Then there's a one-issue story following Det. Montoya, with Batman in a minor supporting role. A low key drama piece, it kind of reminded me of the old "Tales of Gotham City" human interest stories that used to run in Detective Comics in the late 1970s/early 1980s...except those were only seven pages or so, not stretched out to feature length. And this hinges on the reader having some past knowledge of Montoya, and her relationship with a certain villain, to get anything from it. I didn't have that knowledge, Rucka doesn't explain it, and the whole story ends up meaningless to me.

This is followed by arguably the collection's best story, an old fashioned detective/mystery piece as Batman investigates some bombings that maybe aren't what they appear. It's still not exactly a classic -- the villain is obvious, and it doesn't really warrant two issues -- but it's O.K. as a detective story for, after all, the Dark Knight Detective.

Then we come back to Ra's for the final showdown. The first time I read this it seemed kind of confusing, with Batman all hot and bothered to find Ra's when he hadn't so much as alluded to him for the past few issues. But then I realized it makes a little more sense if you see it as following directly on the heels of the Evolution arc. The stories inbetween (the Montoya piece, and the bombing story) are drawn by "guest artists" and so might have been intended as deadline fillers (though still written by Rucka) -- or maybe Rucka just wanted to hold back the double-sized Ra's confrontation for #750. Either way, maybe the reprint editor should've stuck it in immediately after the #743-746 arc, and presented #747-749 at the end of the book. Though even then, there are cryptic references to other adventures and Ra's organization being in disarray (apparently Ra's had fought the JLA) that are a bit confusing. And once again, the story isn't terrible -- but just seems like a rehash of a dozen other Ra's showdowns: Batman skips from country to country seeking him out, tracks him to the dessert, Talia betrays Ra's for love of Batman, etc.

What Rucka does bring to Batman is a slightly kinder, gentler, more relaxed Bats -- oh, sure, he still beats up and intimidates people (for a guy who's supposed to be a detective, he does most of his deducting with his fists!). But he's not quite the one-note avenger that has been passed off as a deep character by some recent writers. This is a Bats who seems to enjoy play-acting the board playboy, and whose occasional conversations with confidants seem a little more human. But, unfortunately, they are just occasional. Batman/Bruce has few people to play off of: Robin's nowhere in sight, while Alfred only has one scene. Lucius Fox crops up but for little effect.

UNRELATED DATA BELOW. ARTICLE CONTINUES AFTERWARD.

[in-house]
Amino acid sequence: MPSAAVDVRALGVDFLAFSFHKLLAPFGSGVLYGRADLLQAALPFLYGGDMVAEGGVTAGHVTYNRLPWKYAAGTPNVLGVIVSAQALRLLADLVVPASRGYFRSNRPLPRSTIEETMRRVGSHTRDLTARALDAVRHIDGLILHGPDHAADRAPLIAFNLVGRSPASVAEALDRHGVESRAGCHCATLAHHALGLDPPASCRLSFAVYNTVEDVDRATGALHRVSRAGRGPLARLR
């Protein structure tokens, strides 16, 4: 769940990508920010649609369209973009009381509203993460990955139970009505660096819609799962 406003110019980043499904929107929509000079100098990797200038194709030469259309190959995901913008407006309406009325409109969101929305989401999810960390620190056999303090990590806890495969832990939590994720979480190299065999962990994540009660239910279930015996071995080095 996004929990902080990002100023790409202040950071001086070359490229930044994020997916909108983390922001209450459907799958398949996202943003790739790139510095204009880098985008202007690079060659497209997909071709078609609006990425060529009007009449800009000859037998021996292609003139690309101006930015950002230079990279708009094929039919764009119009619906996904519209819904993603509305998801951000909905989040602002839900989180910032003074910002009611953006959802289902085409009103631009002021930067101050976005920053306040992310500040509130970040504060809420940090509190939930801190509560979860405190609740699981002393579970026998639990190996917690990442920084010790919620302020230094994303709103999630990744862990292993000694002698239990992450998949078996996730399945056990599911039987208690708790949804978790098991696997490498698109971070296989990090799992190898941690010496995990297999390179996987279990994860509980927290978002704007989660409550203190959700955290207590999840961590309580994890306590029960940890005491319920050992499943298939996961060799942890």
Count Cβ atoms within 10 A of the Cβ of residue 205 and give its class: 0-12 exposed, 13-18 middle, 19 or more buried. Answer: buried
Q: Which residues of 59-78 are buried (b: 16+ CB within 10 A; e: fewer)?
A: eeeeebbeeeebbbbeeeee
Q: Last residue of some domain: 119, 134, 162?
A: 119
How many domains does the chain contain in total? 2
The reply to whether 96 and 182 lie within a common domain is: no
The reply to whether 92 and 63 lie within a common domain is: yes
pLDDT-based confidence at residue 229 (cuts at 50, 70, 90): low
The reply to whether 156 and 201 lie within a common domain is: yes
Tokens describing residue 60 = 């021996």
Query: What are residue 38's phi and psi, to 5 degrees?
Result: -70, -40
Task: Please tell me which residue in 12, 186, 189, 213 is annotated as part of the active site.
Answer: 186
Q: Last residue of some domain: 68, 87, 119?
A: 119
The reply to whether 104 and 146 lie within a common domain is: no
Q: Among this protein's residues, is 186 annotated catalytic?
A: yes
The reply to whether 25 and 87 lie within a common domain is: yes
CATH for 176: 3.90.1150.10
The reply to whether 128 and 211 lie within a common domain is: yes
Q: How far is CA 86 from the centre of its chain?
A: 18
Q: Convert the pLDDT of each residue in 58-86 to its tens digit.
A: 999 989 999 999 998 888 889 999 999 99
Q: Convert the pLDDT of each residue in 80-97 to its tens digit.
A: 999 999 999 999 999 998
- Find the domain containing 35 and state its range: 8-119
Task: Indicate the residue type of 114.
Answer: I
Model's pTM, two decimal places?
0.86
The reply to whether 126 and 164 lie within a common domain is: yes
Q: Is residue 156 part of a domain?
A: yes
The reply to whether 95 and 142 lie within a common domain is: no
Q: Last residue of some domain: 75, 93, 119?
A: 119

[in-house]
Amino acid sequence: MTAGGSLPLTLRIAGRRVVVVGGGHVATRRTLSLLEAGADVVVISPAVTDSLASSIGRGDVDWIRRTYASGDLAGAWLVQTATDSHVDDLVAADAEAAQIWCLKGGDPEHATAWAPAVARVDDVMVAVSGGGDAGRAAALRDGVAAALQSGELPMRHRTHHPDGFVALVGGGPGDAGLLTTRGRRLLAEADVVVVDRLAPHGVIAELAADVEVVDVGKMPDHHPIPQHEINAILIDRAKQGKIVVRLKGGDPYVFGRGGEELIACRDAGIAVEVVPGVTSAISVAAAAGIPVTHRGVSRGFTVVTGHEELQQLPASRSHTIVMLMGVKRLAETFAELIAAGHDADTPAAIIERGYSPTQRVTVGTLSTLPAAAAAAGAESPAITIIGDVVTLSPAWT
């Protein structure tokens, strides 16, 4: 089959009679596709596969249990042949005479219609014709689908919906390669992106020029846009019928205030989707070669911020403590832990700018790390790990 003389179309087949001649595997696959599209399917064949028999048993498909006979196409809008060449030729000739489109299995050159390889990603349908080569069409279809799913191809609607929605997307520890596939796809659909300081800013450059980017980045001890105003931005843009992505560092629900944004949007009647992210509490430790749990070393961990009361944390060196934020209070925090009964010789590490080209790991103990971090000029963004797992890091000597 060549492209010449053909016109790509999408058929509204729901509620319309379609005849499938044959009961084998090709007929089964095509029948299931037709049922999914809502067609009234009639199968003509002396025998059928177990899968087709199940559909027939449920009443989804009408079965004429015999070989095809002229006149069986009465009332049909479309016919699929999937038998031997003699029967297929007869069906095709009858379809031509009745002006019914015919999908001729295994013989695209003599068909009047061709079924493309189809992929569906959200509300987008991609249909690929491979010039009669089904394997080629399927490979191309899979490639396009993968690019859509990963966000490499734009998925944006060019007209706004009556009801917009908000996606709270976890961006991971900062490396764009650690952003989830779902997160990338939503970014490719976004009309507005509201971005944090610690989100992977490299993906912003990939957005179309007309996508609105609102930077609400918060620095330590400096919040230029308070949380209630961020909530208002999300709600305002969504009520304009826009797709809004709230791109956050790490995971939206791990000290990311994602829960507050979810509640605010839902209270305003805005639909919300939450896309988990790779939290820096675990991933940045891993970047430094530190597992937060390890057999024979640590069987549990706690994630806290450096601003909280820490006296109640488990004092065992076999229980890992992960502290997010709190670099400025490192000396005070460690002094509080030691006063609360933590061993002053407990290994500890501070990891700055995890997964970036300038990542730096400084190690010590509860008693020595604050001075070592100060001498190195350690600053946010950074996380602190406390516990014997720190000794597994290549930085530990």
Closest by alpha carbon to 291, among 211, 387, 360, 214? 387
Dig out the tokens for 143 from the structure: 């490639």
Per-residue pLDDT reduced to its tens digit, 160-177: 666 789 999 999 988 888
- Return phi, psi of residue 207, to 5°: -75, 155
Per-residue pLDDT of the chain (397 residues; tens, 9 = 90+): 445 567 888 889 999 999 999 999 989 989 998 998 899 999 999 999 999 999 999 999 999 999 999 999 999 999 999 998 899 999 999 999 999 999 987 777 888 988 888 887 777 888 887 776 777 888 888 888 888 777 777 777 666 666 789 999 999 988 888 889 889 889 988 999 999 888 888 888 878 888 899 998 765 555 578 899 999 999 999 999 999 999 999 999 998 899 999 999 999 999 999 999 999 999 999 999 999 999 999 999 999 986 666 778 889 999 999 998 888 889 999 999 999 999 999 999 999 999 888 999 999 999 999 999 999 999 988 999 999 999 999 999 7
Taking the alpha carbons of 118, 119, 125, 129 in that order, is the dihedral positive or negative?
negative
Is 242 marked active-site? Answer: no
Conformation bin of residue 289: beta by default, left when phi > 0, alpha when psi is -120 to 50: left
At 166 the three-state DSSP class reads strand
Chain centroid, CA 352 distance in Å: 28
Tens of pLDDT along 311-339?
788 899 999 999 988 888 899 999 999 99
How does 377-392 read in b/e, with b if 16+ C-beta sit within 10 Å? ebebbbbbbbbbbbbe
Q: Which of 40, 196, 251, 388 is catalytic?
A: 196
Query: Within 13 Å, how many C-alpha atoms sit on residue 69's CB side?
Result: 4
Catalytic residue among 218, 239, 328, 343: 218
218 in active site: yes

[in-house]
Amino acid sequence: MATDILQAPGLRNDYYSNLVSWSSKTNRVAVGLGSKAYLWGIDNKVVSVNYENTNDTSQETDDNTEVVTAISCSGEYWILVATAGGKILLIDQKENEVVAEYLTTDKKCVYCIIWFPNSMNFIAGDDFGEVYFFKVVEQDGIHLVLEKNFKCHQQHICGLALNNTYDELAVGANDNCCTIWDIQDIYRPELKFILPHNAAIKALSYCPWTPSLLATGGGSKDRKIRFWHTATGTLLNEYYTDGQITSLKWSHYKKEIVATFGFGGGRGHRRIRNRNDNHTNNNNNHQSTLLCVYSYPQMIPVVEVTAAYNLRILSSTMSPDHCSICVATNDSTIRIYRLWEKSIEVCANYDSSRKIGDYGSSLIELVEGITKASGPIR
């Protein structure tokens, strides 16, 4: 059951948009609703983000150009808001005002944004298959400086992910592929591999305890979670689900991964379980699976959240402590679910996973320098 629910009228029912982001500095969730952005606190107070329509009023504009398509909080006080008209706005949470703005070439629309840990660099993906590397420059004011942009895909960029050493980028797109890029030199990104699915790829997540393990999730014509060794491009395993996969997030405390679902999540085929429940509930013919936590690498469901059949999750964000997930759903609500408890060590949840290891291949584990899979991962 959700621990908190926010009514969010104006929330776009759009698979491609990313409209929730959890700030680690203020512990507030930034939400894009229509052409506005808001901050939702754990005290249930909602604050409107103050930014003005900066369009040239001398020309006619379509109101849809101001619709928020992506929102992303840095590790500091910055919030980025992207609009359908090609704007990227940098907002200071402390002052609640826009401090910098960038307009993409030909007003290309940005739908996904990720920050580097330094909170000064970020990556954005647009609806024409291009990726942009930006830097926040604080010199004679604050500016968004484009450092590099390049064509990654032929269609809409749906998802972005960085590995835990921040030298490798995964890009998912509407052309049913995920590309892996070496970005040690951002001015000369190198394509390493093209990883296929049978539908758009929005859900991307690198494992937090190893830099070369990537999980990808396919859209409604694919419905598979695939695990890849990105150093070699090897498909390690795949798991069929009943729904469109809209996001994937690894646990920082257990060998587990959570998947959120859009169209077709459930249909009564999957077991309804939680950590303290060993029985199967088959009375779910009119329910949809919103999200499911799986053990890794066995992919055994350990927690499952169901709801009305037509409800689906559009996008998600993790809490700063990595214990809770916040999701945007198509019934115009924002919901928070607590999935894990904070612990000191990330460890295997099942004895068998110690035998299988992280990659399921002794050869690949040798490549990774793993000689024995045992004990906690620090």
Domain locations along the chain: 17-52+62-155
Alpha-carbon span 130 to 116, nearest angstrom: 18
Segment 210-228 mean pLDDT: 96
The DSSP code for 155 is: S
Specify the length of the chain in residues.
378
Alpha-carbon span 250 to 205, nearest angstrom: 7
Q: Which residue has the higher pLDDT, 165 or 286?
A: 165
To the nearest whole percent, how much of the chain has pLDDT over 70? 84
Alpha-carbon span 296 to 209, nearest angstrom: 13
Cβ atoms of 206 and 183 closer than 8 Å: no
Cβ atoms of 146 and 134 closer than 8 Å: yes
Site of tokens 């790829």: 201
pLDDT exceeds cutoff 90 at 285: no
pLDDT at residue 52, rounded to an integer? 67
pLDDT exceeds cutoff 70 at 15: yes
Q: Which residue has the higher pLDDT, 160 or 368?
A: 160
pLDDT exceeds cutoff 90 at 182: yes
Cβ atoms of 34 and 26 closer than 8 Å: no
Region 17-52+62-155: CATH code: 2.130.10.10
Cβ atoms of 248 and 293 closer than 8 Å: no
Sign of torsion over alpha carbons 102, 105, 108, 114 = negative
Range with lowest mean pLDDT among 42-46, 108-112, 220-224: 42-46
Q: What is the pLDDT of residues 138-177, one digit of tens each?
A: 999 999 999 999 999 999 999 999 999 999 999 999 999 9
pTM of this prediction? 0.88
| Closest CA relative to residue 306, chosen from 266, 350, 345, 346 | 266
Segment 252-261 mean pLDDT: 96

Batman comics have become so top heavy with cop characters one wonders if modern Bat-writers would rather be writing "NYPD Blue" than a man-in-tights story. In the Montoya-focused issue, Bats barely appears, and even in the bombing story, it's as much about the police investigation as it is Batman's. But for all these cops running around, hogging scenes, they aren't especially well defined as people -- I couldn't always tell one from another (presumably a reader better familiar with this era would have less trouble). Thankfully, Rucka doesn't bury us with 10 page mindless action scenes, yet neither are the main plots anything special, nor are there intriguing sub-plots or soap opera-y character arcs. And, as noted, even the character/human drama stuff is thin. Commissioner Gordon's wife had, apparently, been killed in a previous story. So Batman asks him how he's holding up. Then he asks him again, an issue or two later. End of character/human drama.

Despite a number of artists, the style remains consistent, and it's a craggy, slightly cartoony look -- but not too much so. It's a style that would be O.K. supporting a great script, but doesn't do much on its own. And it suffers under the bizarre colouring decision. Instead of a rich, multi-hue palette, the decision was to go for an almost-black & white & grey look...except instead of grey, different hues are used -- red for the "Evolution" story; purple and yellow for the Det. Montoya one-shot, etc. It can be applauded as an experiment (or maybe even a variation on what Frank Miller was doing with his Sin City stories) but it doesn't work. If the intention was to create a brooding, film noire ambience, or to set the mood with the various primary tones...it doesn't. And when laid over art that is only O.K. to begin with, it can't help but hurt it. Phil Hester, employing a lot of thick, moody shadows, probably takes to the limited colour the best. Ironically, my least favourite artist here is the main, regular artist -- Shawn Martinbrough (sometimes working with John Watkiss). Particularly in the climactic #750 the art is sufficiently cartoony it seems a bit incongruous for a "serious" adventure story.

These issue follows on the heels of an epic story line where Gotham City was devastated by an earthquake -- hence why this collection is sub-titled "New Gotham #1" (implying it is the first of, one assumes, a series of TPBs set in this reconstructed Gotham). The earthquake story set up a social dynamic between the have nots (those who remained in Gotham and lost everything) and the haves (those who fled only to return to Gotham after everything's settled down). Presumably it's a way of dealing, metaphorically, with economic disparity and race relations. But haven't comics evolved to the point where they can deal with those things directly?

This seems like a pretty negative review, but -- honestly -- I didn't hate this TPB. In fact, strangely, I regard it with a certain pleasant affection -- despite the murder and mayhem, it didn't really seem gratuitously mean or gritty. But I just felt a certain ennui toward it. Rucka and his artists hit a baseline of competent mediocrity, and don't seem to feel much need to rise above it, delivering workmanlike work, nothing more. I sympathize with the difficulty of coming up with fresh, exciting stories each issue, month after month. I really do. But that's kind of the name of the game, isn't it?

Cover price: $21.95 CDN./ $12.95 USA.